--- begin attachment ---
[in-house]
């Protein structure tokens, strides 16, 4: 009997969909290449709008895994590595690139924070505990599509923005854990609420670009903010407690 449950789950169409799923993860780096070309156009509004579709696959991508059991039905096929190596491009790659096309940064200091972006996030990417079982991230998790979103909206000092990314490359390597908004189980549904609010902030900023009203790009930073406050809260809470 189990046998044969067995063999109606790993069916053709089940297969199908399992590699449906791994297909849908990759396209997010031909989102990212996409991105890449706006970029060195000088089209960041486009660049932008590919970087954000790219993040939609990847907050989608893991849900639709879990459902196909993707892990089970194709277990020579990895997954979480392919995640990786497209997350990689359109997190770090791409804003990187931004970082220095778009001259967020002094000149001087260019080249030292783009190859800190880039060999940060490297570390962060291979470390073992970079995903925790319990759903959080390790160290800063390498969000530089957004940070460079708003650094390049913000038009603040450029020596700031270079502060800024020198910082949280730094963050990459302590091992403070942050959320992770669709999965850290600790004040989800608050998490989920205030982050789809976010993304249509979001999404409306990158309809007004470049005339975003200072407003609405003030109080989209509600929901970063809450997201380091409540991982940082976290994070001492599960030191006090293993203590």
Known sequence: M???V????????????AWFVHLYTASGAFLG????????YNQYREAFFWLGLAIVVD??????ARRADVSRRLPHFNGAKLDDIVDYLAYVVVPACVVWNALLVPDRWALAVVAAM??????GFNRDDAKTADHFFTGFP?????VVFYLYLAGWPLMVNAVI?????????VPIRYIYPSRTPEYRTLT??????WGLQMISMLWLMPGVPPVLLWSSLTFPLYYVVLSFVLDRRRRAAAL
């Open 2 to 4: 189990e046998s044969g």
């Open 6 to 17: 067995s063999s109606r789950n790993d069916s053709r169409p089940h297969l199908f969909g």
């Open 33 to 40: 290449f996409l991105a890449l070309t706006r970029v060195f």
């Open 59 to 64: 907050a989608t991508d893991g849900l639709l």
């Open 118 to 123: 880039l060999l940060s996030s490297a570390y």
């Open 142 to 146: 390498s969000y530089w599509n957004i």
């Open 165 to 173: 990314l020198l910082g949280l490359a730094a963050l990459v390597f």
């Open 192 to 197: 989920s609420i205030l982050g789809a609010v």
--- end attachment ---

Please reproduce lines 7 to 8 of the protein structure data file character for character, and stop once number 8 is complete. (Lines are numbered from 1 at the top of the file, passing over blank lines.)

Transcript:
């Open 59 to 64: 907050a989608t991508d893991g849900l639709l």
């Open 118 to 123: 880039l060999l940060s996030s490297a570390y």